If you truly want to “feel good” by volunteering, get a t-shirt, and/or be thanked for your service, there’s probably a volunteer service within an hour’s drive of you that would actually benefit from your volunteer hours. To me, it’s really ironic is how many paid firefighters/EMTs jump at the chance to work at these events and then say how volunteering “holds back the profession” and artificially lowers salaries.  If that’s the case, then it’s high time that we tell each and every one of these large public events that they need to provide EMS coverage just like they have porta-potties, trash collection, food service, and security on site.

The Semi-Regular Reminder on EMS Politics

Yep. It’s that time again. “EMS On The Hill Day” is just around the corner.  As we all know from EMS social media and the EMS “Powers That Be,” AKA:the usual conference speakers and the people who now provide consulting services to fix the messes that they created in the first place, merely showing up one day in Washington DC in a uniform that’s a cross between Idi Amin and the Knights of Columbus will magically fix all that is wrong with EMS.

 

I’ve worked in state government for years.  I’ve been a lawyer for years.  I’ve been involved in many political campaigns and involved in political parties.  I’m telling you — that’s not how any of this works.

 

We can fix EMS through the political process.  But it’s going to take more than one day per year in Washington DC.  Here’s what it’s going to take.

  1. MONEY.  Money fuels politics.  The reality is that politicians need money to get elected.  Money buys access to the game.  In other words, you can’t watch the game if you don’t have a ticket.
  2. All politics is local.  This famous quote from Tip O’Neill is so true. The Federal government has a limited role in the provision of EMS services, much of which relates to the role that Medicare/Medicaid funding plays. Local governments make the decisions on how to provide (and fund) the EMS system.  State governments typically are the ones who license and regulate EMS personnel and services.  And here we continue to think that the solution to EMS lies in Washington DC. State EMS associations need to step up the advocacy game.  Period.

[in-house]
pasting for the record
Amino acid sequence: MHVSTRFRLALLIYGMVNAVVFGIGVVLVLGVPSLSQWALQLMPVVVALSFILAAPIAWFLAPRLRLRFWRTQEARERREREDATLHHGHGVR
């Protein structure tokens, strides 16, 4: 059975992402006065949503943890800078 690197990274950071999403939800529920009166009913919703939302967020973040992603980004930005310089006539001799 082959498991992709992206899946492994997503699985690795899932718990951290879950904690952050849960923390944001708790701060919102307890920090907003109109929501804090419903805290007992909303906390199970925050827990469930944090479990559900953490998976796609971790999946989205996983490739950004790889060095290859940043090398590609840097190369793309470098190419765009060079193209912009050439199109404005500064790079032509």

3. This is a year round sport.  EMS has to be engaged in the advocacy process year round.  Even in states like mine where the Legislature only meets every two years, there’s plenty going on in the “off season,” which is when interim studies happen and future legislation gets planned.
  4. It’s all about the staff.  Elected officials’ staff members are the subject matter experts and they help the officials develop their positions.  Their schedules are usually much more open than the elected official — get to know them and turn them into your ally.  In turn, they may well call upon you for input — and influence.
  5. The regulatory process matters. Getting legislation passed is great.  But oftentimes, the devil is in the proverbial details.  That’s why it’s imperative to be involved in the rulemaking process and in monitoring how the various regulatory agencies implement and interpret the law.